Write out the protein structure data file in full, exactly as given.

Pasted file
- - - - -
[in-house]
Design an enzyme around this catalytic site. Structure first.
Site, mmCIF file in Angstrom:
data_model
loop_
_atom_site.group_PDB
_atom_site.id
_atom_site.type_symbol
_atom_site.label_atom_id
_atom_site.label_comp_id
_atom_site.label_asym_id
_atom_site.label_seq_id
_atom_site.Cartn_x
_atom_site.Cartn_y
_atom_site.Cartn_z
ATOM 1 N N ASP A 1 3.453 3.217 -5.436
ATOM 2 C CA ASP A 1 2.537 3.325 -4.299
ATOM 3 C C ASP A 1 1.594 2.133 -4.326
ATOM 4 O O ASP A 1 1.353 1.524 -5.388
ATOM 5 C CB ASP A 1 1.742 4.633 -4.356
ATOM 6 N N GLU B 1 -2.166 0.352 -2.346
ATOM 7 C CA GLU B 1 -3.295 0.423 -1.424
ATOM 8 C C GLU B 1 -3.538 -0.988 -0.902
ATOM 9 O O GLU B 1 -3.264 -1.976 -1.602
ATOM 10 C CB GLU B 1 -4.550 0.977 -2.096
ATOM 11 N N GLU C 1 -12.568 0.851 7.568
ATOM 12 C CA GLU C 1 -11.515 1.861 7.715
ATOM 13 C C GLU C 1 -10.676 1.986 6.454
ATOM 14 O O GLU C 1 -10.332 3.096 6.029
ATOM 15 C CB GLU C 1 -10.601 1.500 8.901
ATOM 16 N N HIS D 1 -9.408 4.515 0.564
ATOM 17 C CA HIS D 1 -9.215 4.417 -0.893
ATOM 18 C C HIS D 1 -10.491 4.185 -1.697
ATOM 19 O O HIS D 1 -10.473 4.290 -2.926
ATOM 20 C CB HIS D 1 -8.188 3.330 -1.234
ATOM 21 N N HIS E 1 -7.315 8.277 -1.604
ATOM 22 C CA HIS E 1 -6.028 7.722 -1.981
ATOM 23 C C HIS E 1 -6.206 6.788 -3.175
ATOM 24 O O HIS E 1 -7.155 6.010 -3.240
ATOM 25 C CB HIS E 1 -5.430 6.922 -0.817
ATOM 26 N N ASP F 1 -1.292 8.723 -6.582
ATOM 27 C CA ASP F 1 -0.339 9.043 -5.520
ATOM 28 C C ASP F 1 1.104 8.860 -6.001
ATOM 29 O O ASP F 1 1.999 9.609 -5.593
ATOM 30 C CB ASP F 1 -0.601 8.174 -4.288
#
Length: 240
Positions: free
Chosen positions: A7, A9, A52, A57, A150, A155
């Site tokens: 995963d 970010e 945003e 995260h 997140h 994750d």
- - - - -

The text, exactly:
[in-house]
Design an enzyme around this catalytic site. Structure first.
Site, mmCIF file in Angstrom:
data_model
loop_
_atom_site.group_PDB
_atom_site.id
_atom_site.type_symbol
_atom_site.label_atom_id
_atom_site.label_comp_id
_atom_site.label_asym_id
_atom_site.label_seq_id
_atom_site.Cartn_x
_atom_site.Cartn_y
_atom_site.Cartn_z
ATOM 1 N N ASP A 1 3.453 3.217 -5.436
ATOM 2 C CA ASP A 1 2.537 3.325 -4.299
ATOM 3 C C ASP A 1 1.594 2.133 -4.326
ATOM 4 O O ASP A 1 1.353 1.524 -5.388
ATOM 5 C CB ASP A 1 1.742 4.633 -4.356
ATOM 6 N N GLU B 1 -2.166 0.352 -2.346
ATOM 7 C CA GLU B 1 -3.295 0.423 -1.424
ATOM 8 C C GLU B 1 -3.538 -0.988 -0.902
ATOM 9 O O GLU B 1 -3.264 -1.976 -1.602
ATOM 10 C CB GLU B 1 -4.550 0.977 -2.096
ATOM 11 N N GLU C 1 -12.568 0.851 7.568
ATOM 12 C CA GLU C 1 -11.515 1.861 7.715
ATOM 13 C C GLU C 1 -10.676 1.986 6.454
ATOM 14 O O GLU C 1 -10.332 3.096 6.029
ATOM 15 C CB GLU C 1 -10.601 1.500 8.901
ATOM 16 N N HIS D 1 -9.408 4.515 0.564
ATOM 17 C CA HIS D 1 -9.215 4.417 -0.893
ATOM 18 C C HIS D 1 -10.491 4.185 -1.697
ATOM 19 O O HIS D 1 -10.473 4.290 -2.926
ATOM 20 C CB HIS D 1 -8.188 3.330 -1.234
ATOM 21 N N HIS E 1 -7.315 8.277 -1.604
ATOM 22 C CA HIS E 1 -6.028 7.722 -1.981
ATOM 23 C C HIS E 1 -6.206 6.788 -3.175
ATOM 24 O O HIS E 1 -7.155 6.010 -3.240
ATOM 25 C CB HIS E 1 -5.430 6.922 -0.817
ATOM 26 N N ASP F 1 -1.292 8.723 -6.582
ATOM 27 C CA ASP F 1 -0.339 9.043 -5.520
ATOM 28 C C ASP F 1 1.104 8.860 -6.001
ATOM 29 O O ASP F 1 1.999 9.609 -5.593
ATOM 30 C CB ASP F 1 -0.601 8.174 -4.288
#
Length: 240
Positions: free
Chosen positions: A7, A9, A52, A57, A150, A155
């Site tokens: 995963d 970010e 945003e 995260h 997140h 994750d």